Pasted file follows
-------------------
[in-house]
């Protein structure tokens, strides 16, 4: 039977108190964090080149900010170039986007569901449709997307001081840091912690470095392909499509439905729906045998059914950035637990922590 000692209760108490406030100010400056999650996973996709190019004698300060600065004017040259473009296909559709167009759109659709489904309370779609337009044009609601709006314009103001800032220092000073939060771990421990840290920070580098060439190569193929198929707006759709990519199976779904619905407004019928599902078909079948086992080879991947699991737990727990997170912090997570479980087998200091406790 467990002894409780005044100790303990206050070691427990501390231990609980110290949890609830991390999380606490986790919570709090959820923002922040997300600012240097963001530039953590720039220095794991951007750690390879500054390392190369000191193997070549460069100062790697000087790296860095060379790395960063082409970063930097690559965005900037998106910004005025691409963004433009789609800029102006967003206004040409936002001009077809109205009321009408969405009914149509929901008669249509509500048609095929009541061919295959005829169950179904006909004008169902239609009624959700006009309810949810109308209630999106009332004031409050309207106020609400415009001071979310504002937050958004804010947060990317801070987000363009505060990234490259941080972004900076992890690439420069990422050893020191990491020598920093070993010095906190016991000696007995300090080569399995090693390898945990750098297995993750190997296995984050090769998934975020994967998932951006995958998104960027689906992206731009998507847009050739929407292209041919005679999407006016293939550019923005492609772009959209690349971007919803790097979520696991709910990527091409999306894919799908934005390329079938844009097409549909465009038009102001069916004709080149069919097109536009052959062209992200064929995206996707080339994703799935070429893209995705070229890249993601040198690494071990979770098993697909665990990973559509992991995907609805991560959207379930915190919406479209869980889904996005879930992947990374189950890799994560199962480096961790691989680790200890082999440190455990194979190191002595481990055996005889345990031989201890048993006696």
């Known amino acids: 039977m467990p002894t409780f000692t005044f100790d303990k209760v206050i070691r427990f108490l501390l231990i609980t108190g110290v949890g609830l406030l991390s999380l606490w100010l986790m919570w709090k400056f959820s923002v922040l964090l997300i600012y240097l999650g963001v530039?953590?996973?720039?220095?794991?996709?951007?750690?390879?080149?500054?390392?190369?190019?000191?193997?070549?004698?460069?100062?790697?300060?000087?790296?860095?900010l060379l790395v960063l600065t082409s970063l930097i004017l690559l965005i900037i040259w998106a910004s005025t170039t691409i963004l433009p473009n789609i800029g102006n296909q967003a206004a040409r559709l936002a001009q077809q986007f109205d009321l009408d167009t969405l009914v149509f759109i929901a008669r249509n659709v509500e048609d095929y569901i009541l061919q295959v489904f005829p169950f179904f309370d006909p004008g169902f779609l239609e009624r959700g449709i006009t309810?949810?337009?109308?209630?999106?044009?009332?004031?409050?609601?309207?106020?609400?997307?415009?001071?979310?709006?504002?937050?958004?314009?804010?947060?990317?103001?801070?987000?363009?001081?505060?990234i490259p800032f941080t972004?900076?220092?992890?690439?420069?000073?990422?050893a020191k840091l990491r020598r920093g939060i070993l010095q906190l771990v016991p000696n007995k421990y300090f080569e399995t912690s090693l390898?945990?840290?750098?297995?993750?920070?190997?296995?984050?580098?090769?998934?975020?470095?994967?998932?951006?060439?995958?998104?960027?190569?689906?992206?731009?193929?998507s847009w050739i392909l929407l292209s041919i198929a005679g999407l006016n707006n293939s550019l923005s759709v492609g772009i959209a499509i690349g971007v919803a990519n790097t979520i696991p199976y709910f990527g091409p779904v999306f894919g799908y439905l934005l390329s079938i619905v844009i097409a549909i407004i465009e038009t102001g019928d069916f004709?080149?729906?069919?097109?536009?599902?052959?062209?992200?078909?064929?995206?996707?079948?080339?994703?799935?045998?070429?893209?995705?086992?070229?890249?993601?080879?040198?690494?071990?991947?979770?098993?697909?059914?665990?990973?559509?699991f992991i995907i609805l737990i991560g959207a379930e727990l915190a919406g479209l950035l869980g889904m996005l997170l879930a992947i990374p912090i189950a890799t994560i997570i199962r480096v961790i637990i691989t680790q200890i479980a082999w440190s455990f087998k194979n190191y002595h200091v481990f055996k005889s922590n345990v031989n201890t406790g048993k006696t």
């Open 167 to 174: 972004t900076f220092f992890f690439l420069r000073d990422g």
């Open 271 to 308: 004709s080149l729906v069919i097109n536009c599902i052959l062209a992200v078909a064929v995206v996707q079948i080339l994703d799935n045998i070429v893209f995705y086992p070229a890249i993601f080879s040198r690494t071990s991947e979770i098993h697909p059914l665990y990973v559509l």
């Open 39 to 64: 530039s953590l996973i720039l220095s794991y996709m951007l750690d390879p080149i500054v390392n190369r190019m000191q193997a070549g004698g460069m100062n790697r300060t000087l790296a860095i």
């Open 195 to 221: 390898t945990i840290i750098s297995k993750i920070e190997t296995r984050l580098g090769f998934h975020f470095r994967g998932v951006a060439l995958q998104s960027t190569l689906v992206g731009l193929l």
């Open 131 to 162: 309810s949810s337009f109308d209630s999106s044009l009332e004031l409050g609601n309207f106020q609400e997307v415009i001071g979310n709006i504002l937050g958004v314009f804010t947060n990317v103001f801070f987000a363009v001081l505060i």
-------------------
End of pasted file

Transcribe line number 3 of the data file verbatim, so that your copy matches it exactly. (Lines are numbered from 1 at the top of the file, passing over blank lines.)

């Known amino acids: 039977m467990p002894t409780f000692t005044f100790d303990k209760v206050i070691r427990f108490l501390l231990i609980t108190g110290v949890g609830l406030l991390s999380l606490w100010l986790m919570w709090k400056f959820s923002v922040l964090l997300i600012y240097l999650g963001v530039?953590?996973?720039?220095?794991?996709?951007?750690?390879?080149?500054?390392?190369?190019?000191?193997?070549?004698?460069?100062?790697?300060?000087?790296?860095?900010l060379l790395v960063l600065t082409s970063l930097i004017l690559l965005i900037i040259w998106a910004s005025t170039t691409i963004l433009p473009n789609i800029g102006n296909q967003a206004a040409r559709l936002a001009q077809q986007f109205d009321l009408d167009t969405l009914v149509f759109i929901a008669r249509n659709v509500e048609d095929y569901i009541l061919q295959v489904f005829p169950f179904f309370d006909p004008g169902f779609l239609e009624r959700g449709i006009t309810?949810?337009?109308?209630?999106?044009?009332?004031?409050?609601?309207?106020?609400?997307?415009?001071?979310?709006?504002?937050?958004?314009?804010?947060?990317?103001?801070?987000?363009?001081?505060?990234i490259p800032f941080t972004?900076?220092?992890?690439?420069?000073?990422?050893a020191k840091l990491r020598r920093g939060i070993l010095q906190l771990v016991p000696n007995k421990y300090f080569e399995t912690s090693l390898?945990?840290?750098?297995?993750?920070?190997?296995?984050?580098?090769?998934?975020?470095?994967?998932?951006?060439?995958?998104?960027?190569?689906?992206?731009?193929?998507s847009w050739i392909l929407l292209s041919i198929a005679g999407l006016n707006n293939s550019l923005s759709v492609g772009i959209a499509i690349g971007v919803a990519n790097t979520i696991p199976y709910f990527g091409p779904v999306f894919g799908y439905l934005l390329s079938i619905v844009i097409a549909i407004i465009e038009t102001g019928d069916f004709?080149?729906?069919?097109?536009?599902?052959?062209?992200?078909?064929?995206?996707?079948?080339?994703?799935?045998?070429?893209?995705?086992?070229?890249?993601?080879?040198?690494?071990?991947?979770?098993?697909?059914?665990?990973?559509?699991f992991i995907i609805l737990i991560g959207a379930e727990l915190a919406g479209l950035l869980g889904m996005l997170l879930a992947i990374p912090i189950a890799t994560i997570i199962r480096v961790i637990i691989t680790q200890i479980a082999w440190s455990f087998k194979n190191y002595h200091v481990f055996k005889s922590n345990v031989n201890t406790g048993k006696t």